occurred five days later (Fig. 2B). The highest concentrations were needed to attain comparable budbreak
results when applications were delayed by 10 or 15 days
(26 November, 159 HB10; and 2 December, 215 HBlO),
as vines were in a deeper dormancy (Fig. 2C, D). Other
studies using early pruning dates have shown that high
cyanamide doses (12% Dormex) are necessary t o increase budbreak (8);however, they did not mention the
cumulative chilling or the bud physiological stage at the
time of pruning.
Vines sprayed with HC right after pruning on 2
December, when 215 HBlO had accumulated (close to
deeper endodormancy), showed again that the highest
doses were necessary to significantly increase budbreak
over the other treatments (Fig. 3).Similar results have
been reported on Perlette grapevines in the Jordan
Valley (8). It also occurred in our experiment on vines
100

1
500
-

e
al

I350

m
C
al

- 300

?!
n
40-

20'

-1

- 250 %5!
- 200 0
- 150
- 100
- 50

60-

400

80-

.cI

450

2 Dec.

,,...*.-

.i

November
December
Sampling dates

'0

Fig. 1. Budbreak response of Flame Seedless single-node cuttings collected from the field on different dates, and evaluated over three weeks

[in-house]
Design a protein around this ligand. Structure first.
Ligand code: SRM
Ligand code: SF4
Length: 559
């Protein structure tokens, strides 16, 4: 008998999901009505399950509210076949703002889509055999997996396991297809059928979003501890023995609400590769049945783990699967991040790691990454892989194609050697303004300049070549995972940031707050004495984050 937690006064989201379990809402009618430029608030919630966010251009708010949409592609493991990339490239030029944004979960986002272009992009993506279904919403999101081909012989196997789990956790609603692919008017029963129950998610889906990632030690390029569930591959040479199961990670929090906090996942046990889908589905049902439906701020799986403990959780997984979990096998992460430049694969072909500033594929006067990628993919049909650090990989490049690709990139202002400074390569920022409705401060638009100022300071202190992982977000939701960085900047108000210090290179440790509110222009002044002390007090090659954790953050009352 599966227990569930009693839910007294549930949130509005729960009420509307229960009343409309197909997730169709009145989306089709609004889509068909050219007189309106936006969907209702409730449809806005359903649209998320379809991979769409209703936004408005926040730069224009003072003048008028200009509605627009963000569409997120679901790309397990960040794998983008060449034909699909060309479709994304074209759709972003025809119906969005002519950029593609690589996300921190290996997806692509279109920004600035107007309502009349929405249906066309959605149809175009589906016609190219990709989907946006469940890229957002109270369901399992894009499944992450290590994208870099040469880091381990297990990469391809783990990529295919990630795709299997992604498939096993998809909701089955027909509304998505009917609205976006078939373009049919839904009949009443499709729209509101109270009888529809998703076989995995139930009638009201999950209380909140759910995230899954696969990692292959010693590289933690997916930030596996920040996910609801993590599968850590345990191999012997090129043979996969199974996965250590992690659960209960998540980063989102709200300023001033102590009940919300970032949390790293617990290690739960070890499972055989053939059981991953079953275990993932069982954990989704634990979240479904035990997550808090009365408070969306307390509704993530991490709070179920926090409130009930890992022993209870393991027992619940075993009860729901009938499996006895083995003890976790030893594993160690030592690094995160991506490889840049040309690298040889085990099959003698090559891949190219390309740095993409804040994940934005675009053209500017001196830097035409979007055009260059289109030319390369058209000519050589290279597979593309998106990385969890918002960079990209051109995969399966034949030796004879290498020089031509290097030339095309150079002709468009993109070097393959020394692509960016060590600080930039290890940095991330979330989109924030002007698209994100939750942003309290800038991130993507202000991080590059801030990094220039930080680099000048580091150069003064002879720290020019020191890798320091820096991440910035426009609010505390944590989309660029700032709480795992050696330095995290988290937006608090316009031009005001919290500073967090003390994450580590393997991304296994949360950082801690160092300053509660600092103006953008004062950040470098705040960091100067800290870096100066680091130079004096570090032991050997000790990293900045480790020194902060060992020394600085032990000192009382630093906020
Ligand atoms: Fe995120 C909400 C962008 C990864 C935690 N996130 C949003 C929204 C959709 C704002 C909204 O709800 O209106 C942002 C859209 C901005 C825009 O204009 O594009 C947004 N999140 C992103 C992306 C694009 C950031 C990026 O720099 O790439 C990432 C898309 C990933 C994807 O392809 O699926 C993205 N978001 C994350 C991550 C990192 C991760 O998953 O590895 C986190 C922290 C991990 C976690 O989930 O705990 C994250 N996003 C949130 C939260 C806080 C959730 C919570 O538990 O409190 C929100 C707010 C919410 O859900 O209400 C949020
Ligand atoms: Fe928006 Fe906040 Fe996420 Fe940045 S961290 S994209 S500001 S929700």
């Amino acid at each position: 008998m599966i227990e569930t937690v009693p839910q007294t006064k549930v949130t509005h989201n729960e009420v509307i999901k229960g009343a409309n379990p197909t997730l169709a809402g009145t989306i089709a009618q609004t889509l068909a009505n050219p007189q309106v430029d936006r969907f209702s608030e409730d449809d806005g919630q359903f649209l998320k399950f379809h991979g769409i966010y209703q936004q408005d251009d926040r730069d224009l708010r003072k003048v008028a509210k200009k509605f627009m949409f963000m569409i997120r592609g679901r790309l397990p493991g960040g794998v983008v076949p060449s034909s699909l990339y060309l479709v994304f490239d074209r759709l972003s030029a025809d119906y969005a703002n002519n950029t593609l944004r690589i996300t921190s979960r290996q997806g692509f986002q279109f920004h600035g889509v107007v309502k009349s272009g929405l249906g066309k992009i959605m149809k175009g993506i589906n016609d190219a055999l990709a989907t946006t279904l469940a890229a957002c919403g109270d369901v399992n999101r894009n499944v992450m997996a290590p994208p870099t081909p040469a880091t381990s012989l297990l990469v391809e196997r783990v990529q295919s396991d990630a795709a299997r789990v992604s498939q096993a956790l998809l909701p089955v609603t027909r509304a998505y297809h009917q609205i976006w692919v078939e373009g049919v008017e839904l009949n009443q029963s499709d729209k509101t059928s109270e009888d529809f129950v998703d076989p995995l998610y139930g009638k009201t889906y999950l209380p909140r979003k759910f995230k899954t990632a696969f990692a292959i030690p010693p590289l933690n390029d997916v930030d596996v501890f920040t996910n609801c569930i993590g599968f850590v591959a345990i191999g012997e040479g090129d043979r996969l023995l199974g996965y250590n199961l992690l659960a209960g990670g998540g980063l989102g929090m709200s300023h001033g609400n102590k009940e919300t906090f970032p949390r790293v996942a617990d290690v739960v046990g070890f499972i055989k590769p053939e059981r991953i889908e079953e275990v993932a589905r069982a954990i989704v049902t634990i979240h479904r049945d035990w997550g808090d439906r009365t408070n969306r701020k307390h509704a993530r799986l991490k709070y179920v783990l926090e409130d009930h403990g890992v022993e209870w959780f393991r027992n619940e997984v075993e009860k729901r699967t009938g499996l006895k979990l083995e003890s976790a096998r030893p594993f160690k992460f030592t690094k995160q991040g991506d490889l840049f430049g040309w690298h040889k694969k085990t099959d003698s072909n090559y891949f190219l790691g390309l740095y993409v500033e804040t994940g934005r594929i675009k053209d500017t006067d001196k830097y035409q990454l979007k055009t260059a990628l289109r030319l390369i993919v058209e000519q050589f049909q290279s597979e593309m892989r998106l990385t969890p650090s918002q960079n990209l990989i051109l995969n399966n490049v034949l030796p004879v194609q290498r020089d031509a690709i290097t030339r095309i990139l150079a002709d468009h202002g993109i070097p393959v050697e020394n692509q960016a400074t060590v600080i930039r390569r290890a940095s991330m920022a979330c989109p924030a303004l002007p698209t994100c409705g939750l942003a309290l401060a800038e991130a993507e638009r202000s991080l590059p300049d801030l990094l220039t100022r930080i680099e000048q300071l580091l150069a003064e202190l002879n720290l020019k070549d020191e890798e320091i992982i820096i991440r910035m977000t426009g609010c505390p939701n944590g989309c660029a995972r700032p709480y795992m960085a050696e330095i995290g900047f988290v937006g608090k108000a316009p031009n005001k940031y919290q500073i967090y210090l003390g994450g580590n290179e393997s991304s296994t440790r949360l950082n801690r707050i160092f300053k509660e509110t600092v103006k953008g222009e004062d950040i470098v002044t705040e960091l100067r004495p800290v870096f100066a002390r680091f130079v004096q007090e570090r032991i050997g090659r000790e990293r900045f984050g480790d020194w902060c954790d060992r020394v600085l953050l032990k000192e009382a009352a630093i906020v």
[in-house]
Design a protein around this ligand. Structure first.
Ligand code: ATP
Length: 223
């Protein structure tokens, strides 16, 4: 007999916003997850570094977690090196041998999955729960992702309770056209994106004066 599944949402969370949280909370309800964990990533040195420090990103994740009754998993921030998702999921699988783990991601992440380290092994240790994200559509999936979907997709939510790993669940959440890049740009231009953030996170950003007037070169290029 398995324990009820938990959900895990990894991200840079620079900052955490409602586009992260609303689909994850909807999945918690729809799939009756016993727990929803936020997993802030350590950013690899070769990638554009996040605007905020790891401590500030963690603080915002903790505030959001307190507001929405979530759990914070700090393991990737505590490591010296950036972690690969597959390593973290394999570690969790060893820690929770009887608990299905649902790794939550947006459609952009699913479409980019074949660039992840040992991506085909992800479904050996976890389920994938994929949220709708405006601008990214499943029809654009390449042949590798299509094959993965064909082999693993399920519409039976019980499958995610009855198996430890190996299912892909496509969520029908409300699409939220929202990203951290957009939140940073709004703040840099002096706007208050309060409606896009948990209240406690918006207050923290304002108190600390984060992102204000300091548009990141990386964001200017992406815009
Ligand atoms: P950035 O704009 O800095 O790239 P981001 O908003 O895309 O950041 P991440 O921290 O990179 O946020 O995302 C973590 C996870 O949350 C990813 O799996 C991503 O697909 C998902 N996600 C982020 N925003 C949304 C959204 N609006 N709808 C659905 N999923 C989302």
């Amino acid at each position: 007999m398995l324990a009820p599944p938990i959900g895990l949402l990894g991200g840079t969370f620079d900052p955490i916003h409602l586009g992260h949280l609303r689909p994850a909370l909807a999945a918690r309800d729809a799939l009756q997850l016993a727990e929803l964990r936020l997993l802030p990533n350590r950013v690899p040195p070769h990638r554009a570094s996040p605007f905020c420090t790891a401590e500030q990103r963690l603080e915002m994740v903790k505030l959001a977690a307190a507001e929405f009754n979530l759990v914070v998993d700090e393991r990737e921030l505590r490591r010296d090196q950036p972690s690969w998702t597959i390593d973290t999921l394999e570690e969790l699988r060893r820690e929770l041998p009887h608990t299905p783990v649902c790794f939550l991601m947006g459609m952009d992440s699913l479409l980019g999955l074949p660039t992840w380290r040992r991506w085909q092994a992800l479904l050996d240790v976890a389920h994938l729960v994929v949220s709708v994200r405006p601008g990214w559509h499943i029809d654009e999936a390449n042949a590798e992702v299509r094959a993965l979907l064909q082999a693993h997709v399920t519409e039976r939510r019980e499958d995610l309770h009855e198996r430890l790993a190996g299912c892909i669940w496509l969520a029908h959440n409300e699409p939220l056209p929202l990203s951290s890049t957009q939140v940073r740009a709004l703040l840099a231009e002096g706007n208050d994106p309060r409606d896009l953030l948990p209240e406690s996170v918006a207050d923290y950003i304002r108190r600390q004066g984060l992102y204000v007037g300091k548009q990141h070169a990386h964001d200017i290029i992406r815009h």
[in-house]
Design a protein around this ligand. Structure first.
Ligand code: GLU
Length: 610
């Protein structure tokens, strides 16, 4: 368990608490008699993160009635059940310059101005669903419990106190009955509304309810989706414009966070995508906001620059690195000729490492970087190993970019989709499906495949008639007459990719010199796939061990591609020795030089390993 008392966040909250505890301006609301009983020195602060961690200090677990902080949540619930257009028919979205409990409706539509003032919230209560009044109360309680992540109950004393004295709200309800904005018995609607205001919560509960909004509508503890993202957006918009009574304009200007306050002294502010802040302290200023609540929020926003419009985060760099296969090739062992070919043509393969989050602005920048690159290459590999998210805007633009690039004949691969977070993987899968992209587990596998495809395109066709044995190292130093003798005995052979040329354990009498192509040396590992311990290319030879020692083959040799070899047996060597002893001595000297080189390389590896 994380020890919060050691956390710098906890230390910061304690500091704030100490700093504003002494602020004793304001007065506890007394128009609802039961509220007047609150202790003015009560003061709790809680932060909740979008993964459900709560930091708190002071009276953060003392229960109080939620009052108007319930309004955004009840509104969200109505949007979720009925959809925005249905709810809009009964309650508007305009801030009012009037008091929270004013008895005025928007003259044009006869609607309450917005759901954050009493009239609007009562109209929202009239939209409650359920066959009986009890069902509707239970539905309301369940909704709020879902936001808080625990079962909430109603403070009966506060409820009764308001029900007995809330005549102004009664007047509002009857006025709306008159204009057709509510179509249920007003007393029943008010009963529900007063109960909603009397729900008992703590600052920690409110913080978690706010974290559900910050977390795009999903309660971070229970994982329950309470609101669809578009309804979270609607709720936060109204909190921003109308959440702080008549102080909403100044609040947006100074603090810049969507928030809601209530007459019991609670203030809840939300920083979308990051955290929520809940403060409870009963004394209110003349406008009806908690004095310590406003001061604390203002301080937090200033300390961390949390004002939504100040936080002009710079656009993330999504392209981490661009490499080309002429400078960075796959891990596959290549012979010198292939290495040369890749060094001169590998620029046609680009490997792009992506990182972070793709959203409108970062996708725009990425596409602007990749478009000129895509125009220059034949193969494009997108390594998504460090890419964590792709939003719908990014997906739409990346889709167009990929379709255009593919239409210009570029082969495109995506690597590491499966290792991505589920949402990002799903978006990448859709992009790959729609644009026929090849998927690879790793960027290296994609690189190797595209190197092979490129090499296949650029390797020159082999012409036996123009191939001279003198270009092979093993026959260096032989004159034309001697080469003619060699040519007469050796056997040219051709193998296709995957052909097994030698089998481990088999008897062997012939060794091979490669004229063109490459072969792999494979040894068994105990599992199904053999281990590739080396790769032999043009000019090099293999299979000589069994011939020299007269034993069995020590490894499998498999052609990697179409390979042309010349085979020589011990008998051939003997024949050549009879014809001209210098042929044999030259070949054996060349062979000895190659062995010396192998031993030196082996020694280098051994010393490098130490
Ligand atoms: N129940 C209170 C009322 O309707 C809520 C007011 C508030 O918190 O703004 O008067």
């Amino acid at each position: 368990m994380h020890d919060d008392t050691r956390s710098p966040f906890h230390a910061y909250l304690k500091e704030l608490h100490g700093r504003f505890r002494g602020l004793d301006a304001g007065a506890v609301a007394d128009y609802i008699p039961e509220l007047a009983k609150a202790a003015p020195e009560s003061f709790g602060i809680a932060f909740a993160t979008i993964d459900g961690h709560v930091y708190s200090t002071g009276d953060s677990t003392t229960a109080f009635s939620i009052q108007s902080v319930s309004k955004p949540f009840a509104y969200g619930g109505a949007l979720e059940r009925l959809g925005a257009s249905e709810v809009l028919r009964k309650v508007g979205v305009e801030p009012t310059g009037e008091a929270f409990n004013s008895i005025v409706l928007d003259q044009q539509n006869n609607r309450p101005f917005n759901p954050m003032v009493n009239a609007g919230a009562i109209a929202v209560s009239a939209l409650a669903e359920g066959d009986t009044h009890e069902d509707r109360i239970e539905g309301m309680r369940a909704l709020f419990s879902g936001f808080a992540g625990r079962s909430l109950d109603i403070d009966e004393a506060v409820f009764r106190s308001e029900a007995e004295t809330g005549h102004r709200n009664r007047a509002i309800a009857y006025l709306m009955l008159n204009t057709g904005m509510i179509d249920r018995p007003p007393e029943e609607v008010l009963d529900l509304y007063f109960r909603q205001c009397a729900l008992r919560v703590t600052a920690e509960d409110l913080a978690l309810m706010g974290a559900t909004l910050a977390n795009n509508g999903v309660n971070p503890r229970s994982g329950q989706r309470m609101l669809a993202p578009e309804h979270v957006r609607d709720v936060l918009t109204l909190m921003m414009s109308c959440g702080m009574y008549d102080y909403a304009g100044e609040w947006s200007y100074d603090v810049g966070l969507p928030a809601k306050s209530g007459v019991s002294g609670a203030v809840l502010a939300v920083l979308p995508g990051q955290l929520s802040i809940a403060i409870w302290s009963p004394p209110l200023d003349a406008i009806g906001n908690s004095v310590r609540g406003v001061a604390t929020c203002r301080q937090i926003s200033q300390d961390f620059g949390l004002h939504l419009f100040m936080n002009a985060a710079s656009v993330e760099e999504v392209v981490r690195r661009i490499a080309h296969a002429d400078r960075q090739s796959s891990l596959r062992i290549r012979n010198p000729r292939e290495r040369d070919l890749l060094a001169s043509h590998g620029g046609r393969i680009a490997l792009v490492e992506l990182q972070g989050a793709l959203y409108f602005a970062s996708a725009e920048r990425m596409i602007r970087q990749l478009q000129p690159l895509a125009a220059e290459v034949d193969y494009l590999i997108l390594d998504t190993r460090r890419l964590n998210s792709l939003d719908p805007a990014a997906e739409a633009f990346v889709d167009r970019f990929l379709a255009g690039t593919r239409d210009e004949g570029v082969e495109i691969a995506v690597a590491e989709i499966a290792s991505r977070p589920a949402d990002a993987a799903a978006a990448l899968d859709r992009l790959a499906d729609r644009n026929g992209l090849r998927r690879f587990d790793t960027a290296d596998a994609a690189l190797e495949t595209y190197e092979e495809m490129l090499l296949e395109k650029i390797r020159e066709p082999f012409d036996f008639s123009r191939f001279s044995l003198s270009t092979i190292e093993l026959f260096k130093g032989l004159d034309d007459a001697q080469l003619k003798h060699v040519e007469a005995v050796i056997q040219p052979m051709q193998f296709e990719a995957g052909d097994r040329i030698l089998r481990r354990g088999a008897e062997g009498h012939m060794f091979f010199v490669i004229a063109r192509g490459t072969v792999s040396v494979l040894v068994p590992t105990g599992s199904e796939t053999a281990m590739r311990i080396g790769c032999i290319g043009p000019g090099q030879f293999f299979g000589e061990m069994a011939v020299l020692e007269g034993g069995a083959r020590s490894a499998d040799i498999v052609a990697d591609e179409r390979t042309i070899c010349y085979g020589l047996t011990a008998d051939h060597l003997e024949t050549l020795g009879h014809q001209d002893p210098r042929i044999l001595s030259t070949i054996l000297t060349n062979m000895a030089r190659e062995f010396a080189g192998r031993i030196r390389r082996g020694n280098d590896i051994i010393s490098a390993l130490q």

underlaboratoryconditions.Cumulativehoursbelow 1O"Cfrom 1OOctober
to 31 December.

InternationalSymposium on Table Grape Production, 1994

104 - SILLER-CEPEDA et a/.

pruned on 16 November with HC application on 2


December (Fig. 3A, 2D). All cyanamide treatments
applied on this date initiated budbreak 33 days after
application, while the untreated vines broke dormancy
75 days after pruning. On vines sprayed five days after
pruning (7 December, 231 HBlO accumulated), there

100
80

le0

I
I

were no differences between the 4%,6%, and 8%cyanamide concentrations on the initial and final budbreak
percentage (Fig. 3B). Vines pruned on 2 December and
HC applied 10 and 15 days later (14 December, 299
HBlO and 19 December, 380 HB10) showed a tendency
100

80

November 21

60
60
al

al

Eal

CI

40

40
20

20

&

100

100

a
'cl

November 26

80

80

60

60
40

40

20

20

100

100

December 19
80

60

40
20

40

~ _
60
80
100
Days after application

Fig. 2. Rateof budbreakoffield-grown FlameSeedlessvines prunedon 16


Novemberandsprayedwith hydrogencyanamideon: (A) 16November; (9)
21 November; (C) 26 November; and (D) 2 December.

20

40
60
Days after application

80

Fig. 3.Rate of budbreak of field-grown Flame Seedless vines prunedon 2


Decemberand sprayedwith hydrogencyanamideon: (A) 2 December; (B)
7 December; (C) 14 December; and (D) 19 December.

international Symposiumon Table Grape Production,1994

MANAGING HARVEST DATE - 105

to reduce and delay budbreak when the highest doses


were applied (Fig. 3C, D). In peaches (12) and grapes
(8,121, high concentrations applied after chilling requirements were met resulted in reduced and delayed

IW"

80

lB

v-/

December16

60
40

8or /

20

80

100

60

December 21

40
Q)

o
l
(D

60

20

.cI

C
100

20

40
60
Days after application

2
4
6
Hydrogen cyanamide
concentration (% a.i.)

80

Fig.4. rateofbudbreakof field-grown FlameSeedlessvinesprunedon 16


December and sprayed with hydrogencyanamide on: (A) 16 December;